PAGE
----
“It is better to travel well than to arrive.”
During my stay at Hopeful Home I befriended the oldest boy, a seventeen year old who will be leaving the home after his exams are finished in a month. His story could be told as a success story, a young boy from a poor village who is now on his way to becoming a doctor. But there is another point of view, his point of view, which doesn’t often get taken into account.
“Life is really simple, but we insist on making it complicated.”
It is hard to believe I have already been here at Hopeful Home for almost a month. I have fallen into an easy routine: I help the children, notably the three girls in grade four, with homework in the morning and evening, and do my own thing for the afternoon while they are at school. My crew has become the girls (six of them) and the two youngest boys as the rest of them are self sufficient young teenagers and can do their homework on their own. I have spent many evenings after dinner in the girl’s room, laughing, dancing, and singing, as well as letting them look through photos I have taken. Like girls everywhere, they love to dress up and have their picture taken, and as they don’t have many of themselves, I have promises to print some out and give them as gifts once I leave.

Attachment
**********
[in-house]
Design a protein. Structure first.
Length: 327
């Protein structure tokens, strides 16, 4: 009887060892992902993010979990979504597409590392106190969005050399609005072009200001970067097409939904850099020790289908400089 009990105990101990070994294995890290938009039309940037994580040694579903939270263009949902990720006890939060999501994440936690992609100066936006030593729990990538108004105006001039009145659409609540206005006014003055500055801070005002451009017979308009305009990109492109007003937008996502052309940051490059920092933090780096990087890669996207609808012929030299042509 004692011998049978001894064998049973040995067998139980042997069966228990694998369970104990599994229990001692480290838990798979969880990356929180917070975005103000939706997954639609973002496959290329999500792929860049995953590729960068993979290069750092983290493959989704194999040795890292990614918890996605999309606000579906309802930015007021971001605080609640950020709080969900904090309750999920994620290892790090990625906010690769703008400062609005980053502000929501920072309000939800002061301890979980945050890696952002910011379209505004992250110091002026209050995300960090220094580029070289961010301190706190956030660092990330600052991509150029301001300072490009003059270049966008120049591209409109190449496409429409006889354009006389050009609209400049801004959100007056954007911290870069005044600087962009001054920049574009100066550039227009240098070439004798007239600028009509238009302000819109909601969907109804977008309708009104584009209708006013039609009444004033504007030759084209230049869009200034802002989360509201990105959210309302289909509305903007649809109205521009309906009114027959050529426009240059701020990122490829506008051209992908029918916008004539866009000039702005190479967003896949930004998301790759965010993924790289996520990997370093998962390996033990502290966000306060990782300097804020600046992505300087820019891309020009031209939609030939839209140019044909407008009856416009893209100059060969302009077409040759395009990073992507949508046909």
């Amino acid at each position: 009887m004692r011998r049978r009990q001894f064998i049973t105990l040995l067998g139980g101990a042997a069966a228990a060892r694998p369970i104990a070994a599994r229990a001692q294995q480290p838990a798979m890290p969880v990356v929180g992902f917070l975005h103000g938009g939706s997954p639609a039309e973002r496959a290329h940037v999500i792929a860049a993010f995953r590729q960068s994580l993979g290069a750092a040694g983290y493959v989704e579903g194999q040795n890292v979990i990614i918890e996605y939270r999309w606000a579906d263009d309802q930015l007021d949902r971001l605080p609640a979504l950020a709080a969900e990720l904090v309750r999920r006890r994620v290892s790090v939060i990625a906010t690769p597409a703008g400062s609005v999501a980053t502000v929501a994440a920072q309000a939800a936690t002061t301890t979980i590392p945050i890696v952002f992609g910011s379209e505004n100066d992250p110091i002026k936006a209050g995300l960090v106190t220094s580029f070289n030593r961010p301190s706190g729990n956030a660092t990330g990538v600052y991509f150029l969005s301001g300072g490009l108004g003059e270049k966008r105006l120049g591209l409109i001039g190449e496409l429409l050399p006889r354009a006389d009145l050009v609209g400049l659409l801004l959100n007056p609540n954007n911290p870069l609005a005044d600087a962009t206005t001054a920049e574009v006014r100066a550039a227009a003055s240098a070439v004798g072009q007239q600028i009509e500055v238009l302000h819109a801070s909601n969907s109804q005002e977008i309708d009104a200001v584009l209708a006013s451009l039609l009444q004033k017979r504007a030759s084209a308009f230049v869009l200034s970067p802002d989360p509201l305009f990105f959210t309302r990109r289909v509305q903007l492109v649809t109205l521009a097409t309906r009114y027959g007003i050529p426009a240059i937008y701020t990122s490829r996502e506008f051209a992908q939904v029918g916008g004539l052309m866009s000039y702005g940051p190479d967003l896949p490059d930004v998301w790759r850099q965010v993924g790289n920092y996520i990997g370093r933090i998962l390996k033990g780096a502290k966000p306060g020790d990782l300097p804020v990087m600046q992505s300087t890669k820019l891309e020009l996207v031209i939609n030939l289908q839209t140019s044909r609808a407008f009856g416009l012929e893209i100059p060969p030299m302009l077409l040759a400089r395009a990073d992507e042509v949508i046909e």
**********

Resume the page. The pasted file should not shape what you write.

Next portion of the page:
“When we are young, we don’t take anything too seriously. But slowly, this set of daily rituals becomes solidified, and takes us over. We like to complain, but we are reassured by the fact that each day is more or less like every other.”
6h00-6h30: Wake up! I usually write or read a bit in the mornings while the children are getting out of bed.
6h30-8h30: Homework time. Many of the children, predominately the younger ones, use this time to finish up homework, while some of the others use this time to sleep in as others draw or clean.
8h30: Breakfast, which always consists of rice and dal. Normally the dal (which is a broth with a few lentils) has chickpeas in it and occasionally pumpkin or potatoes. I then do the dishes as the
children put on their uniforms and gather their books.
“Live, adventure, bless, travel and don’t be sorry.”
Everytime I leave Oregon I learn to appreciate it more. Where else can you ski, cycle, fish, sail, and run all in the same day? It is a beautiful state with wonderful people, and through my travels I have grown proud to call it home. Here is a list of things I appreciate about Oregon and the USA in general.